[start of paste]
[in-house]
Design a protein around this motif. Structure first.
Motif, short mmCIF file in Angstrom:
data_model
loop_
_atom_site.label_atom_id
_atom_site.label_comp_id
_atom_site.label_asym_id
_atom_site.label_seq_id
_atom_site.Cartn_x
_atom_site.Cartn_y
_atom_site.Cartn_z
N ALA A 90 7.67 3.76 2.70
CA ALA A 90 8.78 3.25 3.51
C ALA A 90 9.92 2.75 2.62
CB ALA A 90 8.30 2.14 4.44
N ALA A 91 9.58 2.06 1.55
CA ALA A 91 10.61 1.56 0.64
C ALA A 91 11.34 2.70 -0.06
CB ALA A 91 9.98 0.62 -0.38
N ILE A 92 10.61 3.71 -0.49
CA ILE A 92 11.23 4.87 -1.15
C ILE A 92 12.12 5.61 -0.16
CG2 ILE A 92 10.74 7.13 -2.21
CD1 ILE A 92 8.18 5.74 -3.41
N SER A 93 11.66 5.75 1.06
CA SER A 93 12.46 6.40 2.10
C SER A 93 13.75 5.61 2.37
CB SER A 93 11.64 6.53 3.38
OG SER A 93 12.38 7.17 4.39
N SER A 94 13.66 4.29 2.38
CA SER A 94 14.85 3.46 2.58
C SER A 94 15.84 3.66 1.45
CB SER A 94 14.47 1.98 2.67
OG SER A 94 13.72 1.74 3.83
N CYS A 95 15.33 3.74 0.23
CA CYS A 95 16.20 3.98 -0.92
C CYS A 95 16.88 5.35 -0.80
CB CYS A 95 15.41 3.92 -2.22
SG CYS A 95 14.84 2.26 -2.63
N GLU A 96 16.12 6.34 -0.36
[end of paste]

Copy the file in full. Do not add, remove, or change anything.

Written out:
[in-house]
Design a protein around this motif. Structure first.
Motif, short mmCIF file in Angstrom:
data_model
loop_
_atom_site.label_atom_id
_atom_site.label_comp_id
_atom_site.label_asym_id
_atom_site.label_seq_id
_atom_site.Cartn_x
_atom_site.Cartn_y
_atom_site.Cartn_z
N ALA A 90 7.67 3.76 2.70
CA ALA A 90 8.78 3.25 3.51
C ALA A 90 9.92 2.75 2.62
CB ALA A 90 8.30 2.14 4.44
N ALA A 91 9.58 2.06 1.55
CA ALA A 91 10.61 1.56 0.64
C ALA A 91 11.34 2.70 -0.06
CB ALA A 91 9.98 0.62 -0.38
N ILE A 92 10.61 3.71 -0.49
CA ILE A 92 11.23 4.87 -1.15
C ILE A 92 12.12 5.61 -0.16
CG2 ILE A 92 10.74 7.13 -2.21
CD1 ILE A 92 8.18 5.74 -3.41
N SER A 93 11.66 5.75 1.06
CA SER A 93 12.46 6.40 2.10
C SER A 93 13.75 5.61 2.37
CB SER A 93 11.64 6.53 3.38
OG SER A 93 12.38 7.17 4.39
N SER A 94 13.66 4.29 2.38
CA SER A 94 14.85 3.46 2.58
C SER A 94 15.84 3.66 1.45
CB SER A 94 14.47 1.98 2.67
OG SER A 94 13.72 1.74 3.83
N CYS A 95 15.33 3.74 0.23
CA CYS A 95 16.20 3.98 -0.92
C CYS A 95 16.88 5.35 -0.80
CB CYS A 95 15.41 3.92 -2.22
SG CYS A 95 14.84 2.26 -2.63
N GLU A 96 16.12 6.34 -0.36